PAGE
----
Calling the current law fatally flawed and ineffective, a veteran lawmaker wants the state to impose far more restrictions on access to vaping products by teens.
Legislation introduced by Rep. Heather Carter, R-Cave Creek, would for the first time ever regulate as tobacco both the devices used and the inserts that carry the liquids that deliver the nicotine. That, in turn, would subject everyone from manufacturers to retailers – and users – to the same laws that now make it illegal to sell tobacco products to anyone younger than 18.
It also would give the go-ahead to the Attorney General’s Office, which now runs “sting” operations on retailers to see if they’re checking for ID on cigarette purchases, the power to do the same when someone is selling vaping devices and liquid refills.
Carter’s proposal, SB 1009, is aimed solely at preventing teen use of vaping devices.
But lawmakers also will consider a different attack on the issue of vaping, one that would affect adults. HB 2024, crafted by Sen. John Kavanagh, R-Fountain Hills, would add vaping to existing laws which prohibit smoking in public areas, including offices, bars, restaurants, stores, theaters and the common areas of hotels and apartments.
But Kavanagh has an additional hurdle that Carter does not face.
The original Smoke Free Arizona Act was approved by voters in 2006. That means it can be amended only if he can get three-fourths of both the House and Senate — meaning 45 representatives and 23 senators — to approve.
Carter said she wants to focus on what she sees as the real problem of vaping devices, originally marketed as a way to help adults quit smoking, rapidly becoming popular among teens.
“Due to slick hyper-marketing campaigns, most students think that these products pose no risk,” she said. Add to that the ease of purchase, not just as stores but even on the internet.
That, in turn, has boosted teen use in Arizona alone, with surveys of high schoolers showing that the use within the past month went from 17 percent in 2016 to 26 percent last year.
“Essentially, e-cigarettes, vapes, e-pens or whatever else you want to call them, have become the training wheels to develop future smokers,” she said.
The heart of the problem, Carter said, is that 2013 law created a definition of “vapor products” with the intent of making them off-limits.
“The law was obsolete before it was passed,” she said, saying that’s why she opposed it at the time.
She said that statute failed to account for changes in technology from what were originally e-cigarettes to high-tech vaping devices, even to the point that questions remain whether it’s OK to sell the devices to teens separate from the nicotine-infused inserts.
What SB 1009 would do is expand existing laws that regulate tobacco sales to include all types of “electronic smoking devices” and “any component, part or accessory of the device, whether or not sold separately.” Carter said that not only covers retail sales but also should do away with the ability of people to order these devices online where age cannot be checked.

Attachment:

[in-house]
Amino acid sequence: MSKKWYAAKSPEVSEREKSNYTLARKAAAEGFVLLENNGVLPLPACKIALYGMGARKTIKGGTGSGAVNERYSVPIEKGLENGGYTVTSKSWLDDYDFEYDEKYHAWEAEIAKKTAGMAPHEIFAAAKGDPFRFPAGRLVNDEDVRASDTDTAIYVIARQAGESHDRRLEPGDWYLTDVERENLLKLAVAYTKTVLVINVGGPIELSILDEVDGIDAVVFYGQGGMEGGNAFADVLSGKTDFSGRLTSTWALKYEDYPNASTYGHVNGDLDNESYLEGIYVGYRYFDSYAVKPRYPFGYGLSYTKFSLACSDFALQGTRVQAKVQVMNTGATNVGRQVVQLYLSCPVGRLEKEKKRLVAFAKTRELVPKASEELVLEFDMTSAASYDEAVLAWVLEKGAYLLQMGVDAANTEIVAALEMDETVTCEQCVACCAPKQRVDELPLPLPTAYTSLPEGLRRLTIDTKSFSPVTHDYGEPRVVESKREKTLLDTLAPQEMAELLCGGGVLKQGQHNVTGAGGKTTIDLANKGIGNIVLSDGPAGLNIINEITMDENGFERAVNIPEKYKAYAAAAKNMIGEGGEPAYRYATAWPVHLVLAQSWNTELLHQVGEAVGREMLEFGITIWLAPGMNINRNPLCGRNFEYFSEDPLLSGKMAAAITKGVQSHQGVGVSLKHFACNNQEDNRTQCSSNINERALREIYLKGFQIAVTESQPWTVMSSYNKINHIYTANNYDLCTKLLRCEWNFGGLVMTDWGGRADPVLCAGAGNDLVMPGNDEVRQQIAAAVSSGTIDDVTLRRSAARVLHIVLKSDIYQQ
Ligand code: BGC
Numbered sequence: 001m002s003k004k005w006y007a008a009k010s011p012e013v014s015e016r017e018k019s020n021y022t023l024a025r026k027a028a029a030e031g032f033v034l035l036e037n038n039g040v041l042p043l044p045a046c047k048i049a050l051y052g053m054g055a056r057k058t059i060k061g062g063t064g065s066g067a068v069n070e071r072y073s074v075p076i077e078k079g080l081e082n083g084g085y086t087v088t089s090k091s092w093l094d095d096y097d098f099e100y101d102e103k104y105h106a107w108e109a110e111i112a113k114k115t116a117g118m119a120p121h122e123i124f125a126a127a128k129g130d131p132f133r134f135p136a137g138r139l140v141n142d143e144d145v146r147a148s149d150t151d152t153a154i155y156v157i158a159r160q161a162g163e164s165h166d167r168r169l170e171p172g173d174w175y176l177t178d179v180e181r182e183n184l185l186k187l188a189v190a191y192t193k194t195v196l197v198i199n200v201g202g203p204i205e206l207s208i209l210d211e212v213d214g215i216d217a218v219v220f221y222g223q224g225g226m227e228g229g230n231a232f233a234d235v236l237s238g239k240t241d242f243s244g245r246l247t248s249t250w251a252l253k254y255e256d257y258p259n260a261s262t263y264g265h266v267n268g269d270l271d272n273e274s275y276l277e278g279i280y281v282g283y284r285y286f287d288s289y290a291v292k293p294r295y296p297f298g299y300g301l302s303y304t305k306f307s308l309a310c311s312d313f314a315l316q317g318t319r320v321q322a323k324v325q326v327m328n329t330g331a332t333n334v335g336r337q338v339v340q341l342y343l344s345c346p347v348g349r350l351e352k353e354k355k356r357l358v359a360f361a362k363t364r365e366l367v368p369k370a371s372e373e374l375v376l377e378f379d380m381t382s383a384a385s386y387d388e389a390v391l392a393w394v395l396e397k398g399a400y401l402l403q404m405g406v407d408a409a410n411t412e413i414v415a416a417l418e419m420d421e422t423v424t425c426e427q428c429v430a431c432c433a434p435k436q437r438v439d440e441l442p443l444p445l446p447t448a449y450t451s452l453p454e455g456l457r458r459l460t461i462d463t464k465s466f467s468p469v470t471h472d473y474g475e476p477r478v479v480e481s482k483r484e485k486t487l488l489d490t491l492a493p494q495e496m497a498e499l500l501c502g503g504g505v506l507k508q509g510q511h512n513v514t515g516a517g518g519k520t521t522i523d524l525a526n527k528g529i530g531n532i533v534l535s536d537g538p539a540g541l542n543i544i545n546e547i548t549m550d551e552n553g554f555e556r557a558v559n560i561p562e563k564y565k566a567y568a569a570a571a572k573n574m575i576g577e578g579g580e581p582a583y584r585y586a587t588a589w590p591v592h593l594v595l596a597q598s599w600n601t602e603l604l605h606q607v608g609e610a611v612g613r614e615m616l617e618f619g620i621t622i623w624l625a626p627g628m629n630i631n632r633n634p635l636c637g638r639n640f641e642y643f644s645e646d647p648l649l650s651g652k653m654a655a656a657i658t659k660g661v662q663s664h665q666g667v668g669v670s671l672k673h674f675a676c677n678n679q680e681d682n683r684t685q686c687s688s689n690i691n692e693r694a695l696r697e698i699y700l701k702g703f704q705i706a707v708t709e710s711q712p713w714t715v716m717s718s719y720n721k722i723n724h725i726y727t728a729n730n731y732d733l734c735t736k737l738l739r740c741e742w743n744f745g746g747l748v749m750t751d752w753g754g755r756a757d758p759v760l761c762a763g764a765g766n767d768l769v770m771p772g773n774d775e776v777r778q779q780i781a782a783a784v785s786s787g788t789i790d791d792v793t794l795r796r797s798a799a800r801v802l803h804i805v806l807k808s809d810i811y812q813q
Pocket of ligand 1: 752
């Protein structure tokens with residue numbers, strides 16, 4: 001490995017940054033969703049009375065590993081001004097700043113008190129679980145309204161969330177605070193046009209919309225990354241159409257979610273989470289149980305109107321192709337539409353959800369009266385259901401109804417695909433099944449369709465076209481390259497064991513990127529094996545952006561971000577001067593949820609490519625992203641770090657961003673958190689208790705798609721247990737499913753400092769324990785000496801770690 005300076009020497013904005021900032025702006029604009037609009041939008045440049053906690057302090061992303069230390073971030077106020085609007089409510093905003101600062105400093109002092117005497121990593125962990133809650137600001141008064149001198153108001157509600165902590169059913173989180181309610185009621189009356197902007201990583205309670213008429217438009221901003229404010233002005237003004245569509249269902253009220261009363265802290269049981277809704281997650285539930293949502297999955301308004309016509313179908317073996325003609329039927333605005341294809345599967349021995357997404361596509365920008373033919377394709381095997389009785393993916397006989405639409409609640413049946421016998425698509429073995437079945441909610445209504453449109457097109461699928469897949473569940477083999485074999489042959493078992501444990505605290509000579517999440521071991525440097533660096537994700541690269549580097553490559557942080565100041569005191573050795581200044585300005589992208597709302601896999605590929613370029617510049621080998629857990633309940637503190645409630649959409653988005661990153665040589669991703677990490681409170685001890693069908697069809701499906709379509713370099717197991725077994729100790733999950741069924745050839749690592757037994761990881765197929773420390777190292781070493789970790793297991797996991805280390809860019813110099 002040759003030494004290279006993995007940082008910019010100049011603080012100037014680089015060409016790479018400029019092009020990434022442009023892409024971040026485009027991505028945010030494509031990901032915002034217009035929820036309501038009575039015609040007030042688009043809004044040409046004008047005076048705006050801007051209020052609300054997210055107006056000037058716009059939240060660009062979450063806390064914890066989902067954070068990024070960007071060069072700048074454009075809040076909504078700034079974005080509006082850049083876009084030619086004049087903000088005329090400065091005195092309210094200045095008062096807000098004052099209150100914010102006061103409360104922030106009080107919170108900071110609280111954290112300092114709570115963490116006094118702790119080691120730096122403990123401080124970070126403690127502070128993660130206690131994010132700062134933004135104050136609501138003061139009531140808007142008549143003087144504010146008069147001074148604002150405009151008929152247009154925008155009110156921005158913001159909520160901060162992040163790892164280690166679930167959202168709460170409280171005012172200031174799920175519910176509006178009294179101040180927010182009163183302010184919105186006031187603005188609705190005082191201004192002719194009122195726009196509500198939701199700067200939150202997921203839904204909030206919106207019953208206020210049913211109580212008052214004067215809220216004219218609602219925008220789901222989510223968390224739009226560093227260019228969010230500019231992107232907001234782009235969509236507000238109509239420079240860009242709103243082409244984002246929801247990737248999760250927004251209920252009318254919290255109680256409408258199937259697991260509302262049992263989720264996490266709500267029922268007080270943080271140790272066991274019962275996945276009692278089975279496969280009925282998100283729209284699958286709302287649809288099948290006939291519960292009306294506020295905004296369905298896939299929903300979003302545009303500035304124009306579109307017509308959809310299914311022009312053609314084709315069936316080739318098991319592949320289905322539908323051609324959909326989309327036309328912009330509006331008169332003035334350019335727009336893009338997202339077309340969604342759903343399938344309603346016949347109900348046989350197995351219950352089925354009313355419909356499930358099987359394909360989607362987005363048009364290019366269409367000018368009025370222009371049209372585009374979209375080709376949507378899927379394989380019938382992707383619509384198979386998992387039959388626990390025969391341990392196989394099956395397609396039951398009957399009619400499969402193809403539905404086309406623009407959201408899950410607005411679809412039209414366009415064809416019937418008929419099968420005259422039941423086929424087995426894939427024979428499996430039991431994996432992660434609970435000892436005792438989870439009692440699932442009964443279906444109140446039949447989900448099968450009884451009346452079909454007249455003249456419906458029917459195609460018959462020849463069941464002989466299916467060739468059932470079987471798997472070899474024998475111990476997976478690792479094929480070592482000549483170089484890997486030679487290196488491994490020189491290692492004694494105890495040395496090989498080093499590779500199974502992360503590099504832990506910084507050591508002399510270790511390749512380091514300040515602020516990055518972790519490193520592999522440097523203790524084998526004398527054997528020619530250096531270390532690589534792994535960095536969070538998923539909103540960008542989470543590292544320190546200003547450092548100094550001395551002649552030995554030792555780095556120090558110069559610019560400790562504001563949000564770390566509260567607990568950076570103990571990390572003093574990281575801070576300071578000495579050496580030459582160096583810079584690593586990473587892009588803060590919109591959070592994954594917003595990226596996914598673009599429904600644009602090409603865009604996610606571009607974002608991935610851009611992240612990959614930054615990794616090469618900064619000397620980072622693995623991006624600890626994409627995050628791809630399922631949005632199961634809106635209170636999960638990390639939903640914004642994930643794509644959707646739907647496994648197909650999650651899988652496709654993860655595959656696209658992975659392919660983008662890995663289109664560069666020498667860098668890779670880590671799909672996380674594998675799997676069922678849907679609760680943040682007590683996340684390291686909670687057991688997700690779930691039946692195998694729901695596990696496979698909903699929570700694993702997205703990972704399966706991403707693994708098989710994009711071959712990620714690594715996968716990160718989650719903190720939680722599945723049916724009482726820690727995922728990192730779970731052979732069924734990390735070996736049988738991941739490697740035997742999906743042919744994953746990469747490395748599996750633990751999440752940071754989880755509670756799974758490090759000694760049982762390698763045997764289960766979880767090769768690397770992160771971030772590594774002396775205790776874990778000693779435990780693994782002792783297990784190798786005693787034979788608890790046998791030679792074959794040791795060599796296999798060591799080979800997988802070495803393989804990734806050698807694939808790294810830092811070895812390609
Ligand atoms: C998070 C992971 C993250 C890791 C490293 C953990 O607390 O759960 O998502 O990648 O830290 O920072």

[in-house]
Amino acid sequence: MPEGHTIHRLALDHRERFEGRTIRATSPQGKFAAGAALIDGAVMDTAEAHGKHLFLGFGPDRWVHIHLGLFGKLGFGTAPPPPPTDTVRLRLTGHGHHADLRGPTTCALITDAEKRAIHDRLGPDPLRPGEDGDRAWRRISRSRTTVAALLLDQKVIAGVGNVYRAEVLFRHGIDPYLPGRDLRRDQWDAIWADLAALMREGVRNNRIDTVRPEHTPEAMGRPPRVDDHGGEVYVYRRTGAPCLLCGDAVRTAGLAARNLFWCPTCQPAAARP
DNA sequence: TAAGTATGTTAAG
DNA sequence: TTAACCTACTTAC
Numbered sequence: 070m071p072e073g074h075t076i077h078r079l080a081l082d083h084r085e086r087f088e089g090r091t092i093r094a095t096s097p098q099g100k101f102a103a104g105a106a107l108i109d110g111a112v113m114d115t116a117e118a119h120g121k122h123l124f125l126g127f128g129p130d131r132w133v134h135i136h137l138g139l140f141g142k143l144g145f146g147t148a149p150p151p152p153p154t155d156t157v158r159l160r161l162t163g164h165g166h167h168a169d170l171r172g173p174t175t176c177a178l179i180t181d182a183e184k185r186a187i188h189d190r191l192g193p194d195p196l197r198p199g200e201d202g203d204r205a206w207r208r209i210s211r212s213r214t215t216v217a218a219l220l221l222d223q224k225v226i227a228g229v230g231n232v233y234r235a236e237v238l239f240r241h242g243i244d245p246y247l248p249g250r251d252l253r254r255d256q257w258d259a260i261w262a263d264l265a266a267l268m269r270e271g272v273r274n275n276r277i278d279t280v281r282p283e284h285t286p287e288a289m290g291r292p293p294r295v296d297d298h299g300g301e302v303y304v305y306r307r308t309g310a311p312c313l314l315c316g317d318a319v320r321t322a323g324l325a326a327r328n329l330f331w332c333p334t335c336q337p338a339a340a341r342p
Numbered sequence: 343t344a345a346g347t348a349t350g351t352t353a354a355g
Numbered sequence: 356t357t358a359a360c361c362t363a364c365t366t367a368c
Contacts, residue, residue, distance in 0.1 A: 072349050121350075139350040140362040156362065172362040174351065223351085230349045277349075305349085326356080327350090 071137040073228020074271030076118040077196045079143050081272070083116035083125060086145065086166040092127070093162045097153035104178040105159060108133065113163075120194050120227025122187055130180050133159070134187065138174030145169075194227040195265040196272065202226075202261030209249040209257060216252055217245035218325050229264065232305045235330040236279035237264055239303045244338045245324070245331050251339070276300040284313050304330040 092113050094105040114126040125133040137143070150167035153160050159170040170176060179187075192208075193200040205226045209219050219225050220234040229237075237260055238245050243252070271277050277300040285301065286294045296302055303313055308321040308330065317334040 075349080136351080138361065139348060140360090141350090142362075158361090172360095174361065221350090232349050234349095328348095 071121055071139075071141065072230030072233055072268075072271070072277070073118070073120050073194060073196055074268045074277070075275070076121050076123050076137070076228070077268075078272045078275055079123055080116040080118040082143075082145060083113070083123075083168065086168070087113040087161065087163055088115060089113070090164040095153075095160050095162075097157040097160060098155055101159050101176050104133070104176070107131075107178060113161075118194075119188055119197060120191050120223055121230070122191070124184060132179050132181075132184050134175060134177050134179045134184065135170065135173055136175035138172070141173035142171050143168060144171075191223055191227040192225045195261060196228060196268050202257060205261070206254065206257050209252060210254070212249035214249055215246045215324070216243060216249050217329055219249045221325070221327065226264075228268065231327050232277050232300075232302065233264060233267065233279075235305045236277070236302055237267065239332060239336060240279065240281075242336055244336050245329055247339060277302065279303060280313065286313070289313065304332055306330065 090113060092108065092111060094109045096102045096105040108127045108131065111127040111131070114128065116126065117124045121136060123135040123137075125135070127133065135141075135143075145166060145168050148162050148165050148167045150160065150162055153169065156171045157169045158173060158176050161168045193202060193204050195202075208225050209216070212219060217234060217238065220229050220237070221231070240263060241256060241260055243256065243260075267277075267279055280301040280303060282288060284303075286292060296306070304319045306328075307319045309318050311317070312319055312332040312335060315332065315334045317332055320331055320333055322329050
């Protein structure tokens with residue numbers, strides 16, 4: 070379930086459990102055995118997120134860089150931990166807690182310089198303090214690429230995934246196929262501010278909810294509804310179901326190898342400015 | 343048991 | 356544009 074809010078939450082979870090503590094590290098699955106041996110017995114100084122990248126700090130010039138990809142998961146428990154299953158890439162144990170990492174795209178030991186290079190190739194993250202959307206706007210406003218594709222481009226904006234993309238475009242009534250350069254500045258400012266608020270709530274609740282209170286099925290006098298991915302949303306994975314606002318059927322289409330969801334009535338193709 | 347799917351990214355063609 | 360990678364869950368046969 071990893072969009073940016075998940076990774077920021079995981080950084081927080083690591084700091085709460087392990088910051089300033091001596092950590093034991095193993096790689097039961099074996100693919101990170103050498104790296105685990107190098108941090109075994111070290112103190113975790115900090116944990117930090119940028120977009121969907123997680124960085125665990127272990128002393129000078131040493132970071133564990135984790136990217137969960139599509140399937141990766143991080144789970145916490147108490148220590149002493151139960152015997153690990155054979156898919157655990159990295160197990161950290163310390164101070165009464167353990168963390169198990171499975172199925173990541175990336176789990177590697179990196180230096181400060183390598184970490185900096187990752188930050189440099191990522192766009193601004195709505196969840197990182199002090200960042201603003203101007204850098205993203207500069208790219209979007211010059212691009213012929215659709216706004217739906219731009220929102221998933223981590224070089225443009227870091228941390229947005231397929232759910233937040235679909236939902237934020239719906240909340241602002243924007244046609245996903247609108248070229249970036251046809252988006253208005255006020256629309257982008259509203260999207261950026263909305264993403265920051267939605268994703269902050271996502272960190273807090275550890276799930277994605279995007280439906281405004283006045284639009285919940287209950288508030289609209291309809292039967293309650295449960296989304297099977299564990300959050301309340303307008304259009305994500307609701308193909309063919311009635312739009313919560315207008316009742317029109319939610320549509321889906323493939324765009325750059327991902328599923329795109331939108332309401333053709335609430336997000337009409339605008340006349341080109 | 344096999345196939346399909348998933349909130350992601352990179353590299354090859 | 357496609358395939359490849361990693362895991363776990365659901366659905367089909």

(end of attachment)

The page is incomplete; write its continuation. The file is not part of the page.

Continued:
The Tuesday press conference to provide details of the legislation also included a self-proclaimed “mea culpa” from Will Humble, the former director of the Arizona Department of Health Services.
“Years ago, when e-cigarettes were brand new, I really thought the product had a chance of actually being a public health benefit by giving active adult smokers a pathway off their tobacco addiction and transitioning to a tobacco-free life,” he said. “I could not have been more wrong.”
Humble, now executive director of the Arizona Public Health Association, said he believes the devices provide “no public health benefit that I can tell.” More to the point, he said, has been the unanticipated attractiveness of the devices to teens.
“It’s a huge public health threat by addicting an entire generation of young people to nicotine products,” Humble said. And he said many of these devices have nicotine levels far higher than anyone would get from tobacco products themselves.
“So these young minds are being hard-wired right now to these nicotine products through electronic cigarettes,” he said.
“It’s impairing their ability to learn at schools,” Humble continued. “It’s interrupting their classroom and it’s addicting our kids.”
Humble said much of the blame can be laid at the feet of the U.S. Food and Drug Administration, which he said has been slow in regulating these devices. Humble said as far as he is concerned, they should be classified by federal authorities as “nicotine delivery devices,” a move he said that even could require that they be sold by prescription only.
The FDA, for its part, has been slow at addressing the issue.
It took Commissioner Scott Gottlieb until last year to say he was reconsidering his agency’s views about the health benefits of e-cigarettes as a method of helping adults to quit after seeing data that showed a sharp spike in teen vaping.
At this point the agency has announced an intent to ban the sale of flavored vaping liquids from convenience stores and gas stations, though that has yet to take effect.